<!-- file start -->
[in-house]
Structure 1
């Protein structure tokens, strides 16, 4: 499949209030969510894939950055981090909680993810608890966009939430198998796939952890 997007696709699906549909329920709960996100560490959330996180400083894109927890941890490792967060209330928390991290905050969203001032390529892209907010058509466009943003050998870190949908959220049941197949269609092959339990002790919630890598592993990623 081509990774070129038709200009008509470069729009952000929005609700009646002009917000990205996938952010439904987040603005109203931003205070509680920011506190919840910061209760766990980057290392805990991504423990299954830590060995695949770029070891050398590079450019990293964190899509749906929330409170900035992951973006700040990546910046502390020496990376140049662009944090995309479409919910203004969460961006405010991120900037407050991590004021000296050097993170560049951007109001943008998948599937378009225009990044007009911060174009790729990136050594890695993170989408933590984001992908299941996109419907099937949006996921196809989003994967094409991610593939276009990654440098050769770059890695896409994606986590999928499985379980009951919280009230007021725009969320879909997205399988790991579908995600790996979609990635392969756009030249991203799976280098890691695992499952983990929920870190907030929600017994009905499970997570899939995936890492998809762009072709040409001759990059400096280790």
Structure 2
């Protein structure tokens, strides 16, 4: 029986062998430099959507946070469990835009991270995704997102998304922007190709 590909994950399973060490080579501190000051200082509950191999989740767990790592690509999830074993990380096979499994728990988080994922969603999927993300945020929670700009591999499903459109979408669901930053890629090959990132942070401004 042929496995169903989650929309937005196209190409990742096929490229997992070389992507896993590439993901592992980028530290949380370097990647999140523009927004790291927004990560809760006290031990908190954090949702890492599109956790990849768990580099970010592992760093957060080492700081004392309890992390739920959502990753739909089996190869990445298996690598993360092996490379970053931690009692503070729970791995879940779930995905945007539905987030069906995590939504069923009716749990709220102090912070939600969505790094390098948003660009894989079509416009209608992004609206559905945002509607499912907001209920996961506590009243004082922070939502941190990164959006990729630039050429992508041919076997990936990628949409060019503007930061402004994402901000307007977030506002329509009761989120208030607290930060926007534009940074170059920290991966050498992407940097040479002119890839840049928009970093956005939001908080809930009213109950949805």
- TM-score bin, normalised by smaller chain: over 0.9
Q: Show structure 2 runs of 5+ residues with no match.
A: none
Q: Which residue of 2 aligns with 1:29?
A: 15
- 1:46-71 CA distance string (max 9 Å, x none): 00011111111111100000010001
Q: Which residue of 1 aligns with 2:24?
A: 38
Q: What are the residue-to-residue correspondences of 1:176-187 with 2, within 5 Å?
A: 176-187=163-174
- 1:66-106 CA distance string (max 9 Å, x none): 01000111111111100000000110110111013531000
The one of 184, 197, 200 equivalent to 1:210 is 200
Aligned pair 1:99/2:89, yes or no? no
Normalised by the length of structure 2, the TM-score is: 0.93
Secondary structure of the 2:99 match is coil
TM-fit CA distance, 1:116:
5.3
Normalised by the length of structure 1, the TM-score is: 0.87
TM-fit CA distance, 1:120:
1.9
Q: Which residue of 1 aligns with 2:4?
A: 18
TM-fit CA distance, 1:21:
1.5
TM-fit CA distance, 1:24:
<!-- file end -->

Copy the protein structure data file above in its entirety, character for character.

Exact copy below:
[in-house]
Structure 1
């Protein structure tokens, strides 16, 4: 499949209030969510894939950055981090909680993810608890966009939430198998796939952890 997007696709699906549909329920709960996100560490959330996180400083894109927890941890490792967060209330928390991290905050969203001032390529892209907010058509466009943003050998870190949908959220049941197949269609092959339990002790919630890598592993990623 081509990774070129038709200009008509470069729009952000929005609700009646002009917000990205996938952010439904987040603005109203931003205070509680920011506190919840910061209760766990980057290392805990991504423990299954830590060995695949770029070891050398590079450019990293964190899509749906929330409170900035992951973006700040990546910046502390020496990376140049662009944090995309479409919910203004969460961006405010991120900037407050991590004021000296050097993170560049951007109001943008998948599937378009225009990044007009911060174009790729990136050594890695993170989408933590984001992908299941996109419907099937949006996921196809989003994967094409991610593939276009990654440098050769770059890695896409994606986590999928499985379980009951919280009230007021725009969320879909997205399988790991579908995600790996979609990635392969756009030249991203799976280098890691695992499952983990929920870190907030929600017994009905499970997570899939995936890492998809762009072709040409001759990059400096280790």
Structure 2
């Protein structure tokens, strides 16, 4: 029986062998430099959507946070469990835009991270995704997102998304922007190709 590909994950399973060490080579501190000051200082509950191999989740767990790592690509999830074993990380096979499994728990988080994922969603999927993300945020929670700009591999499903459109979408669901930053890629090959990132942070401004 042929496995169903989650929309937005196209190409990742096929490229997992070389992507896993590439993901592992980028530290949380370097990647999140523009927004790291927004990560809760006290031990908190954090949702890492599109956790990849768990580099970010592992760093957060080492700081004392309890992390739920959502990753739909089996190869990445298996690598993360092996490379970053931690009692503070729970791995879940779930995905945007539905987030069906995590939504069923009716749990709220102090912070939600969505790094390098948003660009894989079509416009209608992004609206559905945002509607499912907001209920996961506590009243004082922070939502941190990164959006990729630039050429992508041919076997990936990628949409060019503007930061402004994402901000307007977030506002329509009761989120208030607290930060926007534009940074170059920290991966050498992407940097040479002119890839840049928009970093956005939001908080809930009213109950949805």
- TM-score bin, normalised by smaller chain: over 0.9
Q: Show structure 2 runs of 5+ residues with no match.
A: none
Q: Which residue of 2 aligns with 1:29?
A: 15
- 1:46-71 CA distance string (max 9 Å, x none): 00011111111111100000010001
Q: Which residue of 1 aligns with 2:24?
A: 38
Q: What are the residue-to-residue correspondences of 1:176-187 with 2, within 5 Å?
A: 176-187=163-174
- 1:66-106 CA distance string (max 9 Å, x none): 01000111111111100000000110110111013531000
The one of 184, 197, 200 equivalent to 1:210 is 200
Aligned pair 1:99/2:89, yes or no? no
Normalised by the length of structure 2, the TM-score is: 0.93
Secondary structure of the 2:99 match is coil
TM-fit CA distance, 1:116:
5.3
Normalised by the length of structure 1, the TM-score is: 0.87
TM-fit CA distance, 1:120:
1.9
Q: Which residue of 1 aligns with 2:4?
A: 18
TM-fit CA distance, 1:21:
1.5
TM-fit CA distance, 1:24: